"Anytime you are in any industry with such high regulation and you have the pressures of declining reimbursement coupled with new mandates, anytime you have pressures like that they are going to invite environments where ethics must be carefully scrutinized," he says.
Compliance programs, ethical standards, and codes of conduct and professional accountability can vary greatly from hospital to hospital, Huddleson says. To be effective, however, they must have strong top-down support. Orlando Health showed that it was serious about ethical and professional standards, he says, when the health system made its chief compliance officer a corporate post.
"That sends a message that our board and our senior executives value compliance and ethics. When our corporate officers meet, I'm at the table," Huddleson says. "It's the tone at the top, leading by example. The feds have made it very clear that they expect compliance officers to be in this position. They aren't mandated yet, but that day is probably coming."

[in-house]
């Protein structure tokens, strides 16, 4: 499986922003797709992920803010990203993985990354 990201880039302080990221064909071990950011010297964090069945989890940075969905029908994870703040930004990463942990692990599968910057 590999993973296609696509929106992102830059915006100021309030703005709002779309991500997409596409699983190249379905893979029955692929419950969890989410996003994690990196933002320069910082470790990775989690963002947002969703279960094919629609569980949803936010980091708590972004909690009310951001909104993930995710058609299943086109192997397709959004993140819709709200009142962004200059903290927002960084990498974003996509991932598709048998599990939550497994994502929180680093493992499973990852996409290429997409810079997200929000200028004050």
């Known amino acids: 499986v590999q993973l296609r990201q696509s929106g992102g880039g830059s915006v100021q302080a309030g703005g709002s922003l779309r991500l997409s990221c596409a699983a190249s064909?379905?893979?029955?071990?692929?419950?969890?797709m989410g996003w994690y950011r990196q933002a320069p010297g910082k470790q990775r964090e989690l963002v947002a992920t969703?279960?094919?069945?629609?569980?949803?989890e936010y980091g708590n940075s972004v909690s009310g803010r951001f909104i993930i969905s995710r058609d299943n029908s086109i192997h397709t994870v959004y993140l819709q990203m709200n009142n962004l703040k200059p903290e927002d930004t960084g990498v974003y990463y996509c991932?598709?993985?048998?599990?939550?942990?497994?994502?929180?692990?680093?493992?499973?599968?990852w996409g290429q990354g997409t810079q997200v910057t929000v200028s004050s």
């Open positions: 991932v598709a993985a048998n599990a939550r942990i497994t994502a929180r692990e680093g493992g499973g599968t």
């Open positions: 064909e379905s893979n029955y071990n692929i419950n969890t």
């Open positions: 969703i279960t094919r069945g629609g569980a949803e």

Avots-Avotins and Huddleson caution that ethics and compliance programs can bog down in minutia. Rather than wallowing in details, they say, build on the mantra of patient care above all else, and accountability at the highest levels.
"You don't instill an ethical culture overnight," Huddleson says. "It's not a computer program or something you buy off the shelf and plug in and play it. You have to build it. And it has to start with your senior leadership and board of directors."